An indus­tri­al dehu­mid­i­fi­er is a device that removes excess mois­ture from the air in large vol­umes. Wide­ly used in var­i­ous sec­tors of the nation­al econ­o­my.

There are many dif­fer­ent fac­tors to con­sid­er when choos­ing an indus­tri­al dehu­mid­i­fi­er:

  • per­for­mance:
  • air exchange;
  • incom­ing air flow pres­sure;
  • inlet and ambi­ent tem­per­a­ture;
  • dew point indi­ca­tor.

Addi­tion­al­ly, it is nec­es­sary to take into account the pres­sure loss of the air flow in the dehu­mid­i­fi­er itself, its fil­ter, and a num­ber of oth­er fea­tures (the vol­ume of the room, the num­ber of peo­ple work­ing in it, etc.).

industrial air dryer

When choos­ing an indus­tri­al dehu­mid­i­fi­er, its reli­a­bil­i­ty, ease of oper­a­tion and the cost of future main­te­nance are tak­en into account.

Equal­ly impor­tant is the pow­er con­sump­tion of the device. The high­er the per­for­mance, the more ener­gy is con­sumed. Here it is impor­tant to find the “gold­en” mid­dle ground — to pro­vide the desired air humid­i­ty at min­i­mal cost.

As you can see, the process of choos­ing an indus­tri­al dehu­mid­i­fi­er is quite com­pli­cat­ed, and only pro­fes­sion­als in their field can solve it. By the way, there are such spe­cial­ists in our com­pa­ny. They are always ready to give advice at a high pro­fes­sion­al lev­el. Con­tact.

What are the types of industrial dehumidifiers

A wide range of indus­tri­al dehu­mid­i­fiers is rep­re­sent­ed by var­i­ous types. The main dif­fer­ence is in the prin­ci­ple of oper­a­tion. The most com­mon are devices of con­den­sa­tion and adsorp­tion types. Less com­mon­ly used:

  • refrig­er­a­tion (or refrig­er­a­tion);
  • mem­brane;
  • del­i­quis­cent.

Con­den­sa­tion dry­ers work on the prin­ci­ple of mois­ture con­den­sa­tion. The tem­per­a­ture dif­fer­ence in the heat exchang­ers is obtained by com­press­ing the refrig­er­ant with a com­pres­sor.

industrial air dryer

Appli­ca­tion in a wide range — indus­tri­al premis­es, ware­hous­es, muse­ums, phar­ma­ceu­ti­cals, food indus­try and oth­er areas where increased require­ments are imposed on the mois­ture con­tent in the air.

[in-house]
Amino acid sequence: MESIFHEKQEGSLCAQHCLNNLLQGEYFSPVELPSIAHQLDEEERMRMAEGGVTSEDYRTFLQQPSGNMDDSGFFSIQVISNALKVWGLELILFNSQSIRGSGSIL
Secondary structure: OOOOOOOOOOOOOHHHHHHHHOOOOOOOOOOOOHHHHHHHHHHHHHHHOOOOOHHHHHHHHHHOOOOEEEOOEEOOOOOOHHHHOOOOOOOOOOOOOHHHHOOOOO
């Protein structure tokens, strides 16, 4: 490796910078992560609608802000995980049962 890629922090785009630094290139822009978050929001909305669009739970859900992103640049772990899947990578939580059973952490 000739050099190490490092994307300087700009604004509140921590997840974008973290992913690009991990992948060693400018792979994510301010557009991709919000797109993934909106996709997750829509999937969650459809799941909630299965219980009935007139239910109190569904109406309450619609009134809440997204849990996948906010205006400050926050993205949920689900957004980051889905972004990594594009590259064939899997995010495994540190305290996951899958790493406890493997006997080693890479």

Adsorp­tion dry­ers use the prin­ci­ple of extract­ing mois­ture from the air with an adsor­bent, for exam­ple, sil­i­ca gel.

Dehu­mid­i­fiers of this type are wide­ly used in explo­sive and flam­ma­ble pro­duc­tion.

Refrig­er­a­tion (refrig­er­a­tion) dry­ers in prin­ci­ple, their work is sim­i­lar to a con­ven­tion­al refrig­er­a­tion unit. Do not require large invest­ments in oper­a­tion and main­te­nance. The dis­ad­van­tage is that they have a low dew point.

Mem­brane and del­i­quis­cent devices have a nar­row scope. They work with­out exter­nal pow­er sources, the decrease in humid­i­ty is insignif­i­cant.

A care­ful study of the char­ac­ter­is­tics of var­i­ous types of air dry­ers will allow you to cor­rect­ly deter­mine the type of device you need. But at the same time, the word of experts should be final.

Note. Incor­rect selec­tion of dry­er type can lead to pro­duc­tion stop­page.

How a duct dehumidifier works

The duct dehu­mid­i­fi­er works on the prin­ci­ple of con­dens­ing the mois­ture con­tained in the air and then remov­ing it. At the same time, it heats the air leav­ing the room.

industrial air dryer

The work process is car­ried out as fol­lows. The refrig­er­ant com­pressed by the com­pres­sor (in most cas­es fre­on) pass­es into a liq­uid state. It heats up to a high tem­per­a­ture.

In a liq­uid state, it enters a hot heat exchang­er, where it par­tial­ly gives up its tem­per­a­ture. Fur­ther, pass­ing through the cap­il­lary tube, the refrig­er­ant turns into a gas. The process is accom­pa­nied by strong cool­ing. Cold gas enters the next heat exchang­er, sig­nif­i­cant­ly low­er­ing its tem­per­a­ture. The next “sta­tion” of the refrig­er­ant is the com­pres­sor. The closed cycle is repeat­ed.

At the same time, moist air pass­es through the cold heat exchang­er. As a result, the mois­ture con­tained in it con­dens­es on the walls of the evap­o­ra­tor and flows into a spe­cial mois­ture-col­lect­ing con­tain­er or drainage pipe.

Cooled, but already dry air is dri­ven by a fan through a hot heat exchang­er, where it takes its heat and then enters the room.

This removes excess mois­ture from the air and warms it up.

Our experts will tell you in detail about the oper­a­tion of the duct dry­er. Call.

Thus, indus­tri­al dehu­mid­i­fiers dif­fer from house­hold dehu­mid­i­fiers in per­for­mance, increased size and weight.

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